Last updated on December 29th, 2018 at 10:49 am
I’m not in the very least embarrassed to share that when we were in Japan, I had ice cream at least once a day. Yes, at least…there were days when I got a little crazy. The hardest decision? Matcha or black sesame. But there were days when I ventured outside of that tasty comfort zone…there was yuzu, hojicha, sake, and many, many more. After some seriously delicious recipe testing, I am excited to offer you my fantastically wonderful matcha ice cream. This is the good stuff…full of matcha flavor, without all the extra sugar to distract you. And you get to use culinary matcha…no need to waste that extra money on the good stuff. FYI You should only be using that top shelf matcha with water…not even lattes.
My favorite part about making ice cream, is how it changes from when you finish churning it to after it freezes. After churning, it has a soft-serve ice cream thickness. Absolutely delicious. Then after you freeze it, it hardens and is also delicious, yet different. Are you a soft serve or regular kinda person?
Matcha Ice Cream
After some seriously delicious recipe testing, I am excited to offer you my fantastically wonderful matcha ice cream. This is the good stuff…full of matcha flavor, without all the extra sugar to distract you.
- 5 large egg yolks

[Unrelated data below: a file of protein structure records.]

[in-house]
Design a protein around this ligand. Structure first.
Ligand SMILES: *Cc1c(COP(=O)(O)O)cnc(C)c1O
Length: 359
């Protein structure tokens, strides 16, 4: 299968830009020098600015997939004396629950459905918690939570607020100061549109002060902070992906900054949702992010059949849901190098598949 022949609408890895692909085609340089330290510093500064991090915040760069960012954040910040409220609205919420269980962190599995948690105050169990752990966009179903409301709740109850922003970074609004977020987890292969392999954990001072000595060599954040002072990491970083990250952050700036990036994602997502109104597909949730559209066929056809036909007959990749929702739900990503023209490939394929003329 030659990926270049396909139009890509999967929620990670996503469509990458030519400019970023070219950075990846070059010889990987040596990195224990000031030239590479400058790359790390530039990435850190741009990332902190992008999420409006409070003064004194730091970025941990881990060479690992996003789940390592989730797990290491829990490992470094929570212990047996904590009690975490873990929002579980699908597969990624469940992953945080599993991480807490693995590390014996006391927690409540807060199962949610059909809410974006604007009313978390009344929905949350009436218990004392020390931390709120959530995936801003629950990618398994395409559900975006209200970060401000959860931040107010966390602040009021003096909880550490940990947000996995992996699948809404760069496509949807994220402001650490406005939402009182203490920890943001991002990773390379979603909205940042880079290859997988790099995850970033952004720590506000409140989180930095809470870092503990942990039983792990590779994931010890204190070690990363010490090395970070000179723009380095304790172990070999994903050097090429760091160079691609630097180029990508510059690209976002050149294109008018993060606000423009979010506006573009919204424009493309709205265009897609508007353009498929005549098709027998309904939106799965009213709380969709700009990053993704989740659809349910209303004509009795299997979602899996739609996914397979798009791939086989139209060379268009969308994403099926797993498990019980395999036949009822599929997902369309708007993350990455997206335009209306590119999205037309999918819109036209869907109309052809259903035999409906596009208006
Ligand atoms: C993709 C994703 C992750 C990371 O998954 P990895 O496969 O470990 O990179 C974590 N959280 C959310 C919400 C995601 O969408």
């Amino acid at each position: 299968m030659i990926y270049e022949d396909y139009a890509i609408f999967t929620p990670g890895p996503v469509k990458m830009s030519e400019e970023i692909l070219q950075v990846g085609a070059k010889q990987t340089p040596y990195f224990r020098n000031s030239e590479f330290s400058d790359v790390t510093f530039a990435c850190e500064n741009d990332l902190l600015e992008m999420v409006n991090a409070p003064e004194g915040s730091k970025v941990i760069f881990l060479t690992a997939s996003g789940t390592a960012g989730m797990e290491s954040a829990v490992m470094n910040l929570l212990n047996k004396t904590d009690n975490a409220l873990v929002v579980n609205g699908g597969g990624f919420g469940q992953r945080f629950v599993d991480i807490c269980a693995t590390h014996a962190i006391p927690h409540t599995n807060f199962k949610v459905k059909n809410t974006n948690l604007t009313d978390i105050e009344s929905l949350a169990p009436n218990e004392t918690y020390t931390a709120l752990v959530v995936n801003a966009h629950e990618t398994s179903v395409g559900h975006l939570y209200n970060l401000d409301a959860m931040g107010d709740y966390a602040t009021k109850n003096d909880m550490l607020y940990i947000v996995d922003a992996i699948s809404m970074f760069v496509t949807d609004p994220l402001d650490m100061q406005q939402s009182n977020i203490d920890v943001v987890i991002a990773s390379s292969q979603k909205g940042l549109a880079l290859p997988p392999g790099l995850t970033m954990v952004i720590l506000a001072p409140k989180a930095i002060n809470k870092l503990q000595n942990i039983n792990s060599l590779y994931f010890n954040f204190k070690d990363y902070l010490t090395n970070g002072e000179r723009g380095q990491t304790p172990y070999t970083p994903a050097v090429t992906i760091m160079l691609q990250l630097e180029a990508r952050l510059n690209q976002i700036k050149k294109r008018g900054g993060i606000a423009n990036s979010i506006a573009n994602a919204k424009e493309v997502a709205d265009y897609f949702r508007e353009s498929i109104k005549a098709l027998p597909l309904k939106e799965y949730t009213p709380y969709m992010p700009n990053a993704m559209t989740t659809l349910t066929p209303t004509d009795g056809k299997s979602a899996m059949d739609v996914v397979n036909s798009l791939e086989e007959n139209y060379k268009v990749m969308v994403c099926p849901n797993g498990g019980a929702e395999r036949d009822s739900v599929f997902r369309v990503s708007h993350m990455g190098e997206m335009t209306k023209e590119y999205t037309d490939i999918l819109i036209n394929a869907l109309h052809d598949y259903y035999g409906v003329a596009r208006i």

- 1/2 cup sugar
- 1 1/2 cups whole milk
- 1 vanilla bean or 1 teaspoon vanilla extract
- 2 tbsp culinary matcha
- 1 1/2 cups heavy cream
- Put the bowl of your ice cream maker in the freezer.
- Whisk the yolks and sugar together until pale yellow.
- Warm the milk and vanilla until it just lightly simmers.
- Temper the egg/sugar mixture with the milk/vanilla mixture.
- Return to the sauce pan and cook until thickened, stirring slowly and constantly. It should get to 170F.
- Remove from heat. Sift the matcha into the mixture and mix well. Add the cream. Chill in the refrigerator overnight.
- The next day, add your chilled ice cream to your ice cream maker. Churn (stir setting) until it is the thickness of soft serve ice cream, 20-25 minutes.
- Transfer to a container you can freeze, cover with parchment paper, and freeze at least 4 hours.
I’ll always have a batch of this in my freezer, though I already know it won’t ever last long!